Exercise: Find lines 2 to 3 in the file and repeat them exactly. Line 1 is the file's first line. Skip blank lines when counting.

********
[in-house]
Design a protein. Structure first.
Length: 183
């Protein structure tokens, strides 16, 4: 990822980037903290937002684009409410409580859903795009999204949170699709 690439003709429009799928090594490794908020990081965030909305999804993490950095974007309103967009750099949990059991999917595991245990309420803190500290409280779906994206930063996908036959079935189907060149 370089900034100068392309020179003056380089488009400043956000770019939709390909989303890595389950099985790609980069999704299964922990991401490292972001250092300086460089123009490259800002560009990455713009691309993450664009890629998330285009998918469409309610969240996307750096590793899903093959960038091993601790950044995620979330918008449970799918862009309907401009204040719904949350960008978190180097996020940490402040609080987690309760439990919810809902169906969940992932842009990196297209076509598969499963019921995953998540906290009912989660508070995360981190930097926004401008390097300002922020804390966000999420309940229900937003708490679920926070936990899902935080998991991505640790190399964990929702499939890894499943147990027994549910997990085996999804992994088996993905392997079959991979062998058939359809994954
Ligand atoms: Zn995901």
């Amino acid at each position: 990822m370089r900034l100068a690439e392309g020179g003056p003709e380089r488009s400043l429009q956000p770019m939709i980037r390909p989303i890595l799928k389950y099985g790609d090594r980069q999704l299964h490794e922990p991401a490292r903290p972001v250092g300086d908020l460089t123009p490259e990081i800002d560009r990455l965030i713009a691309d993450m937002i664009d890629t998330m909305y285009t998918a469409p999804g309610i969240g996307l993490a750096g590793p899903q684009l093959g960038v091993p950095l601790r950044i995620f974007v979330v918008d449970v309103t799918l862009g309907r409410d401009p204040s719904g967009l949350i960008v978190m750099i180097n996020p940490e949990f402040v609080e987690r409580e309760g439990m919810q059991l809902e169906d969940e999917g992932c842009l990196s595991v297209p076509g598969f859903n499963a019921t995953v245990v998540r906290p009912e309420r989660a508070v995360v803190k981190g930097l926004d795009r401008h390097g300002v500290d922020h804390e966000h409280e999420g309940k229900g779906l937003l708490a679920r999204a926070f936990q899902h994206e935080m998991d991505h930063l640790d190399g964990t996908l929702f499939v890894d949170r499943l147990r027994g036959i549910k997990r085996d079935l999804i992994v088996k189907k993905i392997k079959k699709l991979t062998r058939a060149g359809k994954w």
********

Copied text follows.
Design a protein. Structure first.
Length: 183